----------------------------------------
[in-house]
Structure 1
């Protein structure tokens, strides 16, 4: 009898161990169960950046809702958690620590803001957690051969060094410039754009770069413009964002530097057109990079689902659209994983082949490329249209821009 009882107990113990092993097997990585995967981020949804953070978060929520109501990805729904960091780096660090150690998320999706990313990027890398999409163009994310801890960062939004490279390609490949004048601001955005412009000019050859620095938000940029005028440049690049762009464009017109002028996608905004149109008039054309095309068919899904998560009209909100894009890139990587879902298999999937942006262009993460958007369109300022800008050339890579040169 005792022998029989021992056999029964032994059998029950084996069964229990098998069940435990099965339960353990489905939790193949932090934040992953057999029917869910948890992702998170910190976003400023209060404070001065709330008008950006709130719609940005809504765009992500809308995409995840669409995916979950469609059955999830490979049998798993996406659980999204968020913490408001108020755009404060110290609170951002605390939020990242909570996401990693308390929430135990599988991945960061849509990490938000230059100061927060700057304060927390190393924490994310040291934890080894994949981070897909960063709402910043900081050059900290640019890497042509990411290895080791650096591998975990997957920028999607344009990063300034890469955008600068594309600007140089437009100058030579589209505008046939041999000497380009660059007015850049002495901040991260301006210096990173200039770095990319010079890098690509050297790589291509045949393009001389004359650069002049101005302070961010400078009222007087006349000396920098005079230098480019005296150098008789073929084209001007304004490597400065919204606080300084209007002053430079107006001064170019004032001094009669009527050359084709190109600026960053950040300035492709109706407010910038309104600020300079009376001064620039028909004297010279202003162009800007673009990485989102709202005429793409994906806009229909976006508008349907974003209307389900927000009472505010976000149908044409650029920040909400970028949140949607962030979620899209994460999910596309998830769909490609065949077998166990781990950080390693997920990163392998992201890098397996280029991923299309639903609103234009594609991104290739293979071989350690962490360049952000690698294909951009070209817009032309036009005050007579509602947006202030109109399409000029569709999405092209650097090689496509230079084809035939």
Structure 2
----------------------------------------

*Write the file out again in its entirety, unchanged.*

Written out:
[in-house]
Structure 1
């Protein structure tokens, strides 16, 4: 009898161990169960950046809702958690620590803001957690051969060094410039754009770069413009964002530097057109990079689902659209994983082949490329249209821009 009882107990113990092993097997990585995967981020949804953070978060929520109501990805729904960091780096660090150690998320999706990313990027890398999409163009994310801890960062939004490279390609490949004048601001955005412009000019050859620095938000940029005028440049690049762009464009017109002028996608905004149109008039054309095309068919899904998560009209909100894009890139990587879902298999999937942006262009993460958007369109300022800008050339890579040169 005792022998029989021992056999029964032994059998029950084996069964229990098998069940435990099965339960353990489905939790193949932090934040992953057999029917869910948890992702998170910190976003400023209060404070001065709330008008950006709130719609940005809504765009992500809308995409995840669409995916979950469609059955999830490979049998798993996406659980999204968020913490408001108020755009404060110290609170951002605390939020990242909570996401990693308390929430135990599988991945960061849509990490938000230059100061927060700057304060927390190393924490994310040291934890080894994949981070897909960063709402910043900081050059900290640019890497042509990411290895080791650096591998975990997957920028999607344009990063300034890469955008600068594309600007140089437009100058030579589209505008046939041999000497380009660059007015850049002495901040991260301006210096990173200039770095990319010079890098690509050297790589291509045949393009001389004359650069002049101005302070961010400078009222007087006349000396920098005079230098480019005296150098008789073929084209001007304004490597400065919204606080300084209007002053430079107006001064170019004032001094009669009527050359084709190109600026960053950040300035492709109706407010910038309104600020300079009376001064620039028909004297010279202003162009800007673009990485989102709202005429793409994906806009229909976006508008349907974003209307389900927000009472505010976000149908044409650029920040909400970028949140949607962030979620899209994460999910596309998830769909490609065949077998166990781990950080390693997920990163392998992201890098397996280029991923299309639903609103234009594609991104290739293979071989350690962490360049952000690698294909951009070209817009032309036009005050007579509602947006202030109109399409000029569709999405092209650097090689496509230079084809035939």
Structure 2